Pause, play, purchase: a case study on iTunes

Originally written April 9, 2019

Music is meant to be shared, to transcend boundaries and overcome limitations. On the other hand, the distribution of music as a commodity faced a fair share of the exact opposite. A phase of prohibition and ownership battles ensued as the world began transitioning from physical towards digital forms of media consumption. The record industry, a core component of the overall music industry, was turned on its head. How did the digital disruption propel Apple forward with their introduction of iTunes? Despite declining sales and an influx of anonymous piracy, iTunes prevailed as a fresh force in the market from its introduction at the beginning of the century to nearly a decade later because of the innovation in music distribution. However, it was the only business benefactor of the digital revolution as American record labels and artists faced the shrinking profitability of music production.

The popularization of digital singles

When Leonardo Chiariglone of the Motion Picture Experts group first introduced algorithms to compress digital sound files into what is now known as the MP3 file type, it was intended for film and television. It was after a Dutch hacker under the anonymous username of SoloH stole and revised Chiariglone’s original code to convert audio discs in high fidelity MP3 files that the new format for digital music began taking the industry by storm.

To understand the market that iTunes entered in, it is important to get to know its predecessor in digital song distribution. Napster became the first company in 1999 to grasp the change in music consumption and offer a service that followed the changing tides of technology. They operated with a centralized system that allowed users to anonymously share and download music files for free.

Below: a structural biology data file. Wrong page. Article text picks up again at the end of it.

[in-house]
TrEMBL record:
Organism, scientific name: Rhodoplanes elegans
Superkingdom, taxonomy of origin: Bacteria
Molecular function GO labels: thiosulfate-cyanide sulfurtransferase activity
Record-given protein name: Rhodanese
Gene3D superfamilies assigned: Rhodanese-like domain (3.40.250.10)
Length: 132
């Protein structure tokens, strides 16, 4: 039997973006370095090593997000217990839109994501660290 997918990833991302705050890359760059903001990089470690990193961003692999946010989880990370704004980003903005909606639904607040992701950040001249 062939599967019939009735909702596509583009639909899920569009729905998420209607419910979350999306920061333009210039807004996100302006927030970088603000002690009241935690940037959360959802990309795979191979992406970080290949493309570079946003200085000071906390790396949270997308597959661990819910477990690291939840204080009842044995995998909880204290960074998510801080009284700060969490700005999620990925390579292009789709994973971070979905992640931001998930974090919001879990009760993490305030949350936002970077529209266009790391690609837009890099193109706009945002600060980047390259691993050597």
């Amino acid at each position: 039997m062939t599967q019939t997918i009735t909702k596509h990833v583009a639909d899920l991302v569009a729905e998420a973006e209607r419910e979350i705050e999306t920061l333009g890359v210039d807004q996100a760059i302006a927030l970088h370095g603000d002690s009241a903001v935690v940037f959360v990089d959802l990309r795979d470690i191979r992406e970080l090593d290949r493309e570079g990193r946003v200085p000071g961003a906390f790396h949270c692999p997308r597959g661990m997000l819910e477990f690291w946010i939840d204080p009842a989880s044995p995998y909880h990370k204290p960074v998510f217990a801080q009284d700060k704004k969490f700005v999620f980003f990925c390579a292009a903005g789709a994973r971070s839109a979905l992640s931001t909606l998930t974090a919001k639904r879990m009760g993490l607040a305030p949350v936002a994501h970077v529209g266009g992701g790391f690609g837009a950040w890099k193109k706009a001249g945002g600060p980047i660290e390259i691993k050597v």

Despite the positive reception amongst consumers, record labels and artists themselves were not on board with the appearance of Napster. It was a robbery of intellectual property but difficult to account for, as copyright laws had not been adjusted to consider the distribution of virtual files. In December of 1999 the Recording Industry Association of America, otherwise known as the RIAA, filed a lawsuit against Napster. The media attention drove the company’s popularity to peak at 80 million users, before they were forced into bankruptcy and officially shut down in May of the same year. For a fleeting moment, the record labels had won; however, the idea of anonymous song sharing had been planted and companies like KaZaA, BearShare and LimeWire to name a few, popped up in replacement. They learned from the mistakes of Napster and became even more difficult for the RIAA to trace and shut down. It was an unprecedented turn of events that record labels were not prepared for, but it was also an important learning experience and allowed iTunes to enter the market and deliver a new form of music distribution that was legal, affordable, and appealing for consumers.